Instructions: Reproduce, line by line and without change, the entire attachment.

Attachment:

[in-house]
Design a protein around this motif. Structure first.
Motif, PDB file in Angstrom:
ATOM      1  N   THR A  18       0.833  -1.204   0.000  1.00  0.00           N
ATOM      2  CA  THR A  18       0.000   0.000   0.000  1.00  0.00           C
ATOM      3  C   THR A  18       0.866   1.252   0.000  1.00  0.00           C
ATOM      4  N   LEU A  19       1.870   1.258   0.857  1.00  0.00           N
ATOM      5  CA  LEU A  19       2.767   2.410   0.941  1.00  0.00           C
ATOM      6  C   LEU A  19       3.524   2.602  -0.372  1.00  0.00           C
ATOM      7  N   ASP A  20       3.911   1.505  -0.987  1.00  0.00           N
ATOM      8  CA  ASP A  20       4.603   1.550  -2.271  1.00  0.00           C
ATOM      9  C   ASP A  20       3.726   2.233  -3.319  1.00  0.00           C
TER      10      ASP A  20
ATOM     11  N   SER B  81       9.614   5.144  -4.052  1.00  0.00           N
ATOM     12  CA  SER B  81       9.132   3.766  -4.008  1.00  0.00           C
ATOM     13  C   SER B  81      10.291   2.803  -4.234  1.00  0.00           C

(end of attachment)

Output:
[in-house]
Design a protein around this motif. Structure first.
Motif, PDB file in Angstrom:
ATOM      1  N   THR A  18       0.833  -1.204   0.000  1.00  0.00           N
ATOM      2  CA  THR A  18       0.000   0.000   0.000  1.00  0.00           C
ATOM      3  C   THR A  18       0.866   1.252   0.000  1.00  0.00           C
ATOM      4  N   LEU A  19       1.870   1.258   0.857  1.00  0.00           N
ATOM      5  CA  LEU A  19       2.767   2.410   0.941  1.00  0.00           C
ATOM      6  C   LEU A  19       3.524   2.602  -0.372  1.00  0.00           C
ATOM      7  N   ASP A  20       3.911   1.505  -0.987  1.00  0.00           N
ATOM      8  CA  ASP A  20       4.603   1.550  -2.271  1.00  0.00           C
ATOM      9  C   ASP A  20       3.726   2.233  -3.319  1.00  0.00           C
TER      10      ASP A  20
ATOM     11  N   SER B  81       9.614   5.144  -4.052  1.00  0.00           N
ATOM     12  CA  SER B  81       9.132   3.766  -4.008  1.00  0.00           C
ATOM     13  C   SER B  81      10.291   2.803  -4.234  1.00  0.00           C